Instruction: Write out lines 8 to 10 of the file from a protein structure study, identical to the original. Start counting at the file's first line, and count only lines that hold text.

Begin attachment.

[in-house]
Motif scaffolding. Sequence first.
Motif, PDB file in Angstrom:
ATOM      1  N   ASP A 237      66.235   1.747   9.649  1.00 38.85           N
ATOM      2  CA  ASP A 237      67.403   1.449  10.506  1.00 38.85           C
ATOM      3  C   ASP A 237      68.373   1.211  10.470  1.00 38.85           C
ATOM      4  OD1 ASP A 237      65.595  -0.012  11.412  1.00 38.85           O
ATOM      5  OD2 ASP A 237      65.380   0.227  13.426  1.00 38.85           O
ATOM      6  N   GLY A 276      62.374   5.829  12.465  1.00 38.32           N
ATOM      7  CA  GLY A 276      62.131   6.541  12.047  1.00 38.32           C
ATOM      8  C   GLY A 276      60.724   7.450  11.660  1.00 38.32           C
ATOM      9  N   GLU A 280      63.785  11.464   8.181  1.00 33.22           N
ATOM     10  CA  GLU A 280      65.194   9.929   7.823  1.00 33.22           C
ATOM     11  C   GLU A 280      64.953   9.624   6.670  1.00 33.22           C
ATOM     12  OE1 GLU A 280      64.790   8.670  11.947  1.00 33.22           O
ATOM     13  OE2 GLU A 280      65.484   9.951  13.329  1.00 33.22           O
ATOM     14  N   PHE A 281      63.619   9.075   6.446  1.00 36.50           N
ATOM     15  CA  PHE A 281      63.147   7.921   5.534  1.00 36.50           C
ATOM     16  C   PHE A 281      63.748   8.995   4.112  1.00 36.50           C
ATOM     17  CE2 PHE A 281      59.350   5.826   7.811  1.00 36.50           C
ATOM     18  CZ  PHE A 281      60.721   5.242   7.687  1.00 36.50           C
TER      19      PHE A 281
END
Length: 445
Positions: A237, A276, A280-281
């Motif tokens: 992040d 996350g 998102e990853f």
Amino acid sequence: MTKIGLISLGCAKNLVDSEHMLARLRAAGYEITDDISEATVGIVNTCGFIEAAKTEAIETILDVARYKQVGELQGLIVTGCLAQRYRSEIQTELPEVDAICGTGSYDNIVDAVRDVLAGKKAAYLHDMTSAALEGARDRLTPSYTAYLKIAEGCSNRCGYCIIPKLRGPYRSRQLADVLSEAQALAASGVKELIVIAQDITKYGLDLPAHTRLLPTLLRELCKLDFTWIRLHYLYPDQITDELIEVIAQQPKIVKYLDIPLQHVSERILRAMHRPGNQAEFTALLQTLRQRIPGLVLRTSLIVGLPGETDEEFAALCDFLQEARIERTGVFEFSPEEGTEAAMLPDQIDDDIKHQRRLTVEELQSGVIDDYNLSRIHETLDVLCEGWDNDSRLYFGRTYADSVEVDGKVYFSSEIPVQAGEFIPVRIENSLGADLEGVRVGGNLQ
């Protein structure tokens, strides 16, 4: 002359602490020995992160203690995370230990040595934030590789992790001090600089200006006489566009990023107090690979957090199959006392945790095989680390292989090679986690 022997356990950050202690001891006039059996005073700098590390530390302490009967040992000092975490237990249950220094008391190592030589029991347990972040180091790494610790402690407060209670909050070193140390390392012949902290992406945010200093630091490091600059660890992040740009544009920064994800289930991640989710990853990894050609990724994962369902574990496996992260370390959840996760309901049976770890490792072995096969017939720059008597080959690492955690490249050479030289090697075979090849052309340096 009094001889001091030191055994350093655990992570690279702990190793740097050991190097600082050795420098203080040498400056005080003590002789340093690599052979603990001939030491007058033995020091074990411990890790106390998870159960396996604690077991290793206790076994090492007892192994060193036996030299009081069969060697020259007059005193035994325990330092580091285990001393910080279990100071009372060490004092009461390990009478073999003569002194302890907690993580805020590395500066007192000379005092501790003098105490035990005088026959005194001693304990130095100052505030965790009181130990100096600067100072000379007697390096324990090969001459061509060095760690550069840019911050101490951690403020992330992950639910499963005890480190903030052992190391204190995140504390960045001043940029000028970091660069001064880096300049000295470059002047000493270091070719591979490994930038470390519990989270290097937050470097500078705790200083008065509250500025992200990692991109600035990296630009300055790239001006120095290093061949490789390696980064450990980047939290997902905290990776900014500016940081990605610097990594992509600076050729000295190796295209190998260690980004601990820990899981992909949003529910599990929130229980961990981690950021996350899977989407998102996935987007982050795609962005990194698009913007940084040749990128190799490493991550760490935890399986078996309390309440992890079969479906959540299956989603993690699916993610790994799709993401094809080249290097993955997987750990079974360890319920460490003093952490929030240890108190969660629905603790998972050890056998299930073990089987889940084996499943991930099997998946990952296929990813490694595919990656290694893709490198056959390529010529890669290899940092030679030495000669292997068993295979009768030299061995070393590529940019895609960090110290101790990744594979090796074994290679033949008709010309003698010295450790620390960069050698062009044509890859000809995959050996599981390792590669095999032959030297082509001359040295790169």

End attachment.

ATOM      5  OD2 ASP A 237      65.380   0.227  13.426  1.00 38.85           O
ATOM      6  N   GLY A 276      62.374   5.829  12.465  1.00 38.32           N
ATOM      7  CA  GLY A 276      62.131   6.541  12.047  1.00 38.32           C